We introduce a special class of tropical cones which we call 'monomial tropical cones'. They arise as a crucial tool in the description of discrete multicriteria optimization problems. We employ them to derive an algorithm for computing all nondominated points. Furthermore, monomial tropical cones are intimately related with monomial ideals. We sketch directions for further work. This is based on joint work with Michael Joswig.

Johannes Hofscheier19.07.1716:30MA 621 A Combinatorial Smoothness Criterion for Spherical Varieties

In this talk we will present algorithms to check smoothness for the class of spherical varieties which contains those of toric varieties, flag varieties and symmetric varieties, and which forms a remarkable class of algebraic varieties with an action by an algebraic group having an open dense orbit. In the toric case there is a well-known simple combinatorial smoothness criterion whereas in the spherical case Brion, Camus and Gagliardi have shown smoothness criteria for spherical varieties which either are rather involved or rely on certain classification results. We suggest a purely combinatorial smoothness criterion by introducing a rational invariant which only depends on the combinatorics of the spherical variety. We have a conjectural inequality this invariant should satisfy where the equality case would imply that the spherical variety has a toric torus action. Our conjecture would also imply the generalized Mukai conjecture for spherical varieties. We complete our talk by summarizing in which cases the above mentioned approach is known to be true. This is joint work with Giuliano Gagliardi.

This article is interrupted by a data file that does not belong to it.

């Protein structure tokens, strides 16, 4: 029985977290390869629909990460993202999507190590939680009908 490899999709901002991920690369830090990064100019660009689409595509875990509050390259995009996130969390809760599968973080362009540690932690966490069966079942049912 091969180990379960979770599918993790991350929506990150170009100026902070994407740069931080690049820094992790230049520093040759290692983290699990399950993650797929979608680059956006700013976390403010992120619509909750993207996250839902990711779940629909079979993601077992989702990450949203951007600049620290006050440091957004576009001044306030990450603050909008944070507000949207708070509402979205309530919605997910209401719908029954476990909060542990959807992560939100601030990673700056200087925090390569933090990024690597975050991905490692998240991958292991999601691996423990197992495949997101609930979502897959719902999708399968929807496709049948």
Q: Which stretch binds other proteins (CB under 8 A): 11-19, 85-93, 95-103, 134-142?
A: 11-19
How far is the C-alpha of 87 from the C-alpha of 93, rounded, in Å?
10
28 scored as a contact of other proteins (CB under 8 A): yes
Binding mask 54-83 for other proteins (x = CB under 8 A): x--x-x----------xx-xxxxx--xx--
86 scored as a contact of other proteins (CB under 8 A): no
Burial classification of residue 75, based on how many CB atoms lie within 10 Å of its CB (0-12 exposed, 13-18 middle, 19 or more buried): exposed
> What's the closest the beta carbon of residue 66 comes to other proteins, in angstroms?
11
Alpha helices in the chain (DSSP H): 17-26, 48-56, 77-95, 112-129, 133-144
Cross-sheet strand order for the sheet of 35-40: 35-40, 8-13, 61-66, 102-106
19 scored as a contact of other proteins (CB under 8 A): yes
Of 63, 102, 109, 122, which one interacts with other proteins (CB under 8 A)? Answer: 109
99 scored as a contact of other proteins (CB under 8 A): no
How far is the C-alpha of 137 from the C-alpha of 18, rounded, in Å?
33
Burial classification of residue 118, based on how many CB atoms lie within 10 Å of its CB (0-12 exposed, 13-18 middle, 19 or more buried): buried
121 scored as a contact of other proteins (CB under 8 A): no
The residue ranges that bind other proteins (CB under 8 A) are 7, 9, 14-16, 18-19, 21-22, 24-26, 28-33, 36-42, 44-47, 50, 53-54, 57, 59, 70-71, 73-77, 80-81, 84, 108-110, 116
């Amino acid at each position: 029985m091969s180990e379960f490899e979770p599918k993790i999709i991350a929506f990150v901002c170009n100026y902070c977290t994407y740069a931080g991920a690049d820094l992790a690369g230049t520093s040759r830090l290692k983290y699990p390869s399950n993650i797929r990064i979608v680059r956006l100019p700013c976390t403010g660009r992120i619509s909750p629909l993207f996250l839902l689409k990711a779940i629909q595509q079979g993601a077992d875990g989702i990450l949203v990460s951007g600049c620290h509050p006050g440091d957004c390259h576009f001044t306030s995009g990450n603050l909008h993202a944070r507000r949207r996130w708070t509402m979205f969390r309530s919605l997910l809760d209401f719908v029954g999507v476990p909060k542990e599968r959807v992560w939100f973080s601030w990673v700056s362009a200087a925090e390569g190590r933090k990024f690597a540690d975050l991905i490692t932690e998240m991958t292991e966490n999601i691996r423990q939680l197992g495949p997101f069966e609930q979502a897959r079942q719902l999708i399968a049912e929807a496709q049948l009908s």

Sinai Robins (University of S�o Paulo)06.07.1716:30MA 406 The Ehrhart quasipolynomials of polytopes that come from trivalent graphs, and a discrete version of Hilbert's 3rd problem for the unimodular group

A graph all of whose nodes have degree \(1\) or \(3\) is called a \(\{1,3\}\)-graph. Liu and Osserman associated to each \(\{1, 3\}\)-graph a polytope. They studied these polytopes and their Ehrhart quasi-polynomials. We prove a conjecture of Liu and Osserman stating that the associated polytopes of all connected \(\{1,3\}\)-graphs with the same number of nodes and edges have the same Ehrhart quasi-polynomial. We also present some structural properties of these polytopes and we show a relation between them and the well-known metric polytopes. This study is related to a question of Hasse and McAllister on a discrete version of Hilbert's 3rd problem for the unimodular group.